By SA News
South Africa is under siege, with the number of women dying in the hands of men increasing since the easing of lockdown regulations under level 3, President Cyril Ramaphosa noted.
The President has since called for South Africans to end the culture of silence and report perpetrators to the South African Police Service (SAPS).
The country is still in shock after the gruesome murder of Tshegofatso Pule, whose stabbed body was found hanging on a tree in Durban Deep, Roodepoort — less than a month she was due to give birth.
Several other cases where women were either raped or brutally murdered have been hogging the headlines.
“It is a dark and shameful week for us as a nation. Criminals have descended to even greater depths of cruelty and callousness. It simply cannot continue.
“We note with disgust that at a time when the country is facing the gravest of threats from the pandemic, violent men are taking advantage of the eased restrictions on movement to attack women and children,” the President said.
In a statement, President Ramaphosa said he was struggling to come to terms with the violence inflicted on Pule, Naledi Phangindawo, Nompumelelo Tshaka and other women in the Eastern Cape and KwaZulu-Natal, whose bodies were found dumped in previous weeks.
The First Citizen has also bemoaned the level of barbarism and lack of humanity in the manner in which these defenceless women have killed.
“Tshegofatso Pule, who was eight months pregnant, was found stabbed to death and hanging from a tree in an open veld. It is also suspected one of the murdered Eastern Cape women was a victim of a mob killing.”
The Presidency mentioned another case of an elderly woman who was raped and a child found dead in a field, and two young women shot dead in KwaZulu-Natal.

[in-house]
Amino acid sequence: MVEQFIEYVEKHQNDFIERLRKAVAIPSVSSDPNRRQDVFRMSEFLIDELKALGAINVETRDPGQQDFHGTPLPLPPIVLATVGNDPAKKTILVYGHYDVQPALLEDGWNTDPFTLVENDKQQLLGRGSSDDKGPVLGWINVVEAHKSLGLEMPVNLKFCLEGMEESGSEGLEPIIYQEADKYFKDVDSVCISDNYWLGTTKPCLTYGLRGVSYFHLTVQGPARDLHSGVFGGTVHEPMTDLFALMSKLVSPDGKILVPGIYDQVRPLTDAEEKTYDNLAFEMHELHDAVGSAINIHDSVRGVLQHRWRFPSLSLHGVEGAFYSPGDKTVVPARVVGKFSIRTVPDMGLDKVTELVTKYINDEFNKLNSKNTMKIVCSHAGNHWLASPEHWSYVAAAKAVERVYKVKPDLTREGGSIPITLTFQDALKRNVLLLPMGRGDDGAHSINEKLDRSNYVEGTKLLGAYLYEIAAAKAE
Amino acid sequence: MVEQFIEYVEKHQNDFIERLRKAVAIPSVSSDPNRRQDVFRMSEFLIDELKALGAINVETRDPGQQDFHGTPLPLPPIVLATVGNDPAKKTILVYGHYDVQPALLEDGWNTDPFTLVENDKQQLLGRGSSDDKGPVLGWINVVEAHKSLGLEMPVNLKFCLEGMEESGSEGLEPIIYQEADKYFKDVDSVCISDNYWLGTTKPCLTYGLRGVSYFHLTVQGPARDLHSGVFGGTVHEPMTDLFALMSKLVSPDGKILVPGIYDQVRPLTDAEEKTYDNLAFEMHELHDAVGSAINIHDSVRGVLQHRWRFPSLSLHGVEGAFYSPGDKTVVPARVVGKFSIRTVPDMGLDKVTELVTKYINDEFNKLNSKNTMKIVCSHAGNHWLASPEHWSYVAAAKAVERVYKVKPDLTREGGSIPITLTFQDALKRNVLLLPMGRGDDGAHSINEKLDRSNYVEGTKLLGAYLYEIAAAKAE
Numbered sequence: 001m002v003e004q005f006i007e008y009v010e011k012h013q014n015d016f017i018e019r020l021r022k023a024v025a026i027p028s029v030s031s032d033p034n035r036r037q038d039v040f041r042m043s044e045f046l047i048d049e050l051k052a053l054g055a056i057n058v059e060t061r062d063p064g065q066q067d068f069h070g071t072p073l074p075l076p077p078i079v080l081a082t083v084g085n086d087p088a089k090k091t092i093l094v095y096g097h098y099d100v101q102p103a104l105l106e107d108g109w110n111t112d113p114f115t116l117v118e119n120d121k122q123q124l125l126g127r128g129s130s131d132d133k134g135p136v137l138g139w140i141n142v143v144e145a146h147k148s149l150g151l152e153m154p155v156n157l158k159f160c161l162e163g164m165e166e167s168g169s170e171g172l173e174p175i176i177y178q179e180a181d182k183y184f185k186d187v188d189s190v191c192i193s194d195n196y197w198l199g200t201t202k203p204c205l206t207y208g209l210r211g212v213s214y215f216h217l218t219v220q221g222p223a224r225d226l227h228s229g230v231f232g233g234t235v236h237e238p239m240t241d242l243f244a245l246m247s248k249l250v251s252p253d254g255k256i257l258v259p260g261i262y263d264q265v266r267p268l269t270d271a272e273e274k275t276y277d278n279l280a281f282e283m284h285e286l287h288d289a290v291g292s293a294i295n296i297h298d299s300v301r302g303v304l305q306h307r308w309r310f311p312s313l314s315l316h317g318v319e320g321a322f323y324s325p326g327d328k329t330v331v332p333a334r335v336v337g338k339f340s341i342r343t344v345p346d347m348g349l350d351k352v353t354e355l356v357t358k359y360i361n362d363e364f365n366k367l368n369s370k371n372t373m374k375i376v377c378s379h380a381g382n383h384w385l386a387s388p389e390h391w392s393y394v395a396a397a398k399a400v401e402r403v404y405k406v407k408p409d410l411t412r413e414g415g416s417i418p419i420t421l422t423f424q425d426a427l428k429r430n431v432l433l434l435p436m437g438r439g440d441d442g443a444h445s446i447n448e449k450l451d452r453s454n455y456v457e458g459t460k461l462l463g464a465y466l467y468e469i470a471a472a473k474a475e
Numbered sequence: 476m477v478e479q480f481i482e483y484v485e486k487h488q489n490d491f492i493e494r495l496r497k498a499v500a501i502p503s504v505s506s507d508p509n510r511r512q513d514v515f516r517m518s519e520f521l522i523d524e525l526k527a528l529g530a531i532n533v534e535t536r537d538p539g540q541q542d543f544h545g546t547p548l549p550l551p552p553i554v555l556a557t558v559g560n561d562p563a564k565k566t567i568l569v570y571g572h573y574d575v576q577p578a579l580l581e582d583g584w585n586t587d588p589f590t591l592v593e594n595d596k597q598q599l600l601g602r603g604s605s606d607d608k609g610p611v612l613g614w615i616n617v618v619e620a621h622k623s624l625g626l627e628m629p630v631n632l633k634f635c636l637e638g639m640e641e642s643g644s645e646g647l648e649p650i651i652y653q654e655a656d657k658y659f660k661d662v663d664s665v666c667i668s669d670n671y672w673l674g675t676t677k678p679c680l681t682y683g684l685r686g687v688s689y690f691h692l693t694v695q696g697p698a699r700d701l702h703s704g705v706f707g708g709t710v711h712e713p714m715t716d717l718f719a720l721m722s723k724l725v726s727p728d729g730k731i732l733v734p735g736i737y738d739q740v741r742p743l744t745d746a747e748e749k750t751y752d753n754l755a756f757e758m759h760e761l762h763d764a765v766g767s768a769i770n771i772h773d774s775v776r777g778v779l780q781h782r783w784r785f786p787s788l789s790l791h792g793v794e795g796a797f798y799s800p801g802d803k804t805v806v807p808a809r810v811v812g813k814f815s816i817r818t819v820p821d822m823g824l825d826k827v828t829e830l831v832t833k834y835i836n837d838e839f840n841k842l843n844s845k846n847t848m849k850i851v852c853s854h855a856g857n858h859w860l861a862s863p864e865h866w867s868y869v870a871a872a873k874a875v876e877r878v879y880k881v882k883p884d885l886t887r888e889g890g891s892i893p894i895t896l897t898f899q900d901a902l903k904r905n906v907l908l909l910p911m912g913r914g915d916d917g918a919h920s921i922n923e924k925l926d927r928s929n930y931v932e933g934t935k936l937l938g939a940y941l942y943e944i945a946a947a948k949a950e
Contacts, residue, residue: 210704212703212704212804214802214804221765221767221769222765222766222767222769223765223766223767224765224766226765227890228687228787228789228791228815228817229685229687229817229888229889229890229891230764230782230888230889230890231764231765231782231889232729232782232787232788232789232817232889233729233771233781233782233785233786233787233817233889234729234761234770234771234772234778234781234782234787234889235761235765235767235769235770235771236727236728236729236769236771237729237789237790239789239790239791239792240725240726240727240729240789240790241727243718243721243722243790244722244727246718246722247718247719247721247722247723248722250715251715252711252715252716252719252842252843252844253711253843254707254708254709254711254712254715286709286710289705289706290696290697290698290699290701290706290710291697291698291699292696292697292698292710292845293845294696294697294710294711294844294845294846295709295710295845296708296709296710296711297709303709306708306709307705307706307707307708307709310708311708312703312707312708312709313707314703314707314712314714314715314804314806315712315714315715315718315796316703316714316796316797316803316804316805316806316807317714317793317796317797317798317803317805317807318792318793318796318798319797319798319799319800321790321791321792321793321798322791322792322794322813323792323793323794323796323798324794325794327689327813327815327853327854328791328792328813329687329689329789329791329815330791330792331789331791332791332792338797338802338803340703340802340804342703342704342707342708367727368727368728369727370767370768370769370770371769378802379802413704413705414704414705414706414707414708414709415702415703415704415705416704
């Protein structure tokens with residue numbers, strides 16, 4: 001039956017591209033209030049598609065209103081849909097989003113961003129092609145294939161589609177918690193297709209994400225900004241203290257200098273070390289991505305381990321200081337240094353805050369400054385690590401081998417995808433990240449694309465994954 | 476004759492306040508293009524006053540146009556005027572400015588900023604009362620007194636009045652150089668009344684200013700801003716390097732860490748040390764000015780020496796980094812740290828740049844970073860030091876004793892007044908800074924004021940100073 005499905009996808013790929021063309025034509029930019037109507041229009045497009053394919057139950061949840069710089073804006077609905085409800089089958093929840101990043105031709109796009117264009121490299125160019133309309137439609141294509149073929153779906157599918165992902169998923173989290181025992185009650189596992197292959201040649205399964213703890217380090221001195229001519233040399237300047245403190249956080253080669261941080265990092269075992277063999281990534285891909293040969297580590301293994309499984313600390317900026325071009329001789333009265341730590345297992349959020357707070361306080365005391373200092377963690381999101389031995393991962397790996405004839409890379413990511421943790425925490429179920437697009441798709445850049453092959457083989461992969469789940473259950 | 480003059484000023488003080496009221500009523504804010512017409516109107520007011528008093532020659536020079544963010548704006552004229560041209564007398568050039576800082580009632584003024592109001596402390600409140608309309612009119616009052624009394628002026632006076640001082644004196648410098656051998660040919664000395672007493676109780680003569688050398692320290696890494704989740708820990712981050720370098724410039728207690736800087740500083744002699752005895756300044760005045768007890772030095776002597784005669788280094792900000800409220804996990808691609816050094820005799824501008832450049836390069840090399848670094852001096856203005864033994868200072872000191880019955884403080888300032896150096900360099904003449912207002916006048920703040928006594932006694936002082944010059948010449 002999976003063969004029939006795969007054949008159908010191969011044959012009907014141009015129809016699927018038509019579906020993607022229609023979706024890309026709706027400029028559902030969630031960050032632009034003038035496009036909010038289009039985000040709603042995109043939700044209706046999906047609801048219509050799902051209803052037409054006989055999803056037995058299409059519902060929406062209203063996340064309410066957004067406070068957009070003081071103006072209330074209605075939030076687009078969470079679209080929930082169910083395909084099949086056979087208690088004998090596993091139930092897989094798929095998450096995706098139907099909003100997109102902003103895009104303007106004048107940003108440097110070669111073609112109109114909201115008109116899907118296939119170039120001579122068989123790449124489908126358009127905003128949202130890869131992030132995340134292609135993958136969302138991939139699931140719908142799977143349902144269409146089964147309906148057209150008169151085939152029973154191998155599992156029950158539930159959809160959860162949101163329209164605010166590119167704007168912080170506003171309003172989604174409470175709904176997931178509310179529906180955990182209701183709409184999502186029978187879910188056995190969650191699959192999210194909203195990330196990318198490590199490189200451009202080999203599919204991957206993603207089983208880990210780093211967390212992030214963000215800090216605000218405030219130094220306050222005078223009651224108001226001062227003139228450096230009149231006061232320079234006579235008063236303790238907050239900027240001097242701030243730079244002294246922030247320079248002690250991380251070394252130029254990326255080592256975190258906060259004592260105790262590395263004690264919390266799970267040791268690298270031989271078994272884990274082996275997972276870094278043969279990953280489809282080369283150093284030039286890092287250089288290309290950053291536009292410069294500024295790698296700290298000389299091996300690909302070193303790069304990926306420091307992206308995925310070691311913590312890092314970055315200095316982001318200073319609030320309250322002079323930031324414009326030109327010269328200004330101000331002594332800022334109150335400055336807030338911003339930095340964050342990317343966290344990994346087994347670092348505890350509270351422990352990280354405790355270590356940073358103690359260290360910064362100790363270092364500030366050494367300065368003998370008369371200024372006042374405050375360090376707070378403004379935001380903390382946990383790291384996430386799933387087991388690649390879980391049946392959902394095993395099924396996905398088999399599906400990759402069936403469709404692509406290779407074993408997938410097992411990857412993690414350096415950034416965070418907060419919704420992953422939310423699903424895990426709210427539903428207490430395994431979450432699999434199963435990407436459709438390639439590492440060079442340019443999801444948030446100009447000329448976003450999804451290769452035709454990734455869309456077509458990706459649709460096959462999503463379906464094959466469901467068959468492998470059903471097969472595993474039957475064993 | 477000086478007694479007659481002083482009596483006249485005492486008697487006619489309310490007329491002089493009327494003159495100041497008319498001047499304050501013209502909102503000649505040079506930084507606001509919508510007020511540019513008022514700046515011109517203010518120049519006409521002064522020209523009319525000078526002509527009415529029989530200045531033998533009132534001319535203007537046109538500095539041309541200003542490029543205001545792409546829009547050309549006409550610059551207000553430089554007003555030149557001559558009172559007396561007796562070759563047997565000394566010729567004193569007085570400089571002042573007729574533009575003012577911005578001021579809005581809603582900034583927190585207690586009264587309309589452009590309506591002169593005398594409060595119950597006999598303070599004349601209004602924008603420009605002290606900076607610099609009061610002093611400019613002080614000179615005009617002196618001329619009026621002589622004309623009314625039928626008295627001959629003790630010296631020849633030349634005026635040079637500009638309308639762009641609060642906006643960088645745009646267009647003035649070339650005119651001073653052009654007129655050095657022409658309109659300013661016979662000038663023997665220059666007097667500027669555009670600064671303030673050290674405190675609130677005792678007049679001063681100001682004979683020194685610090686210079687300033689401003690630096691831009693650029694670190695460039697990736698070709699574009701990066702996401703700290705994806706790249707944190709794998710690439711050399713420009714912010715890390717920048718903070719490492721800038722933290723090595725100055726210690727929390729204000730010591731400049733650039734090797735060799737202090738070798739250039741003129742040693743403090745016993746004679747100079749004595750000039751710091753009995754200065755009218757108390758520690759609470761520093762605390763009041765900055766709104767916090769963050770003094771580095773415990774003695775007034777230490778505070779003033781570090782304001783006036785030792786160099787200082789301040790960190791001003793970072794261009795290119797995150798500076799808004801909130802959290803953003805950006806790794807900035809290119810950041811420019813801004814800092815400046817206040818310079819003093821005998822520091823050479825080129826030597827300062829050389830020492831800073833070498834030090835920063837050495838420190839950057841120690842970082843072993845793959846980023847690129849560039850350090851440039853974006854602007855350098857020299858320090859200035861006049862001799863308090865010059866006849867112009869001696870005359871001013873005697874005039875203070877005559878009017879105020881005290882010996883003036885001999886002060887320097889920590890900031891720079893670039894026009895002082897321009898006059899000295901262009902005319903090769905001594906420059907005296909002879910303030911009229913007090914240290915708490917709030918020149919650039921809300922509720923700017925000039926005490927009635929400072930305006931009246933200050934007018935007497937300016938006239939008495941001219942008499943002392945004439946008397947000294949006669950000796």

“According to the SAPS, there has been an increase in violent crime, especially murders since we entered alert level 3. We need to understand what factors are fuelling this terrible trend and, as society as a whole, address them urgently,” the President said.
The President said he will be deploying Ministers and Deputy Ministers to meet with community leaders in all districts around the country as part of national efforts to combat COVID-19.
However, the leaders will also engage communities on this upsurge in GVB and look at ways to prevent the killing of women.
President Ramaphosa is also concerned that SA has one of the highest levels of intimate partner violence in the world and that about 51% of South African women have experienced violence at the hands of someone with whom they are in a relationship.
“In far too many cases of gender-based violence, the perpetrators are known to the victim, but they are also known to our communities. That is why we say this is a societal matter and not a matter of law enforcement alone.
“Gender-based violence thrives in a climate of silence. With our silence, by looking the other way because we believe it is a personal or family matter, we become complicit in this most insidious of crimes,” President Ramaphosa stressed.
President Ramaphosa calls on criminal justice to do better
Citing the case of 36-year-old Sibongiseni Gabada from Khayelitsha, who was found murdered last month, the President said survivors of GBV believe the criminal justice is failing them.
Despite Gabada’s boyfriend allegedly confessing to the murder, the case against him was dropped, reportedly due to lack of evidence.
“For public faith in the criminal justice system to be maintained, gender-based violence needs to be treated with the urgency it deserves by our communities working together with our police.
“I urge the SAPS to act swiftly to track down whoever was involved in these murders and ensure there is justice for the murdered women and children. I also urge our communities to end the culture of silence and speak up. In doing so, you will be saving lives,” President Ramaphosa said.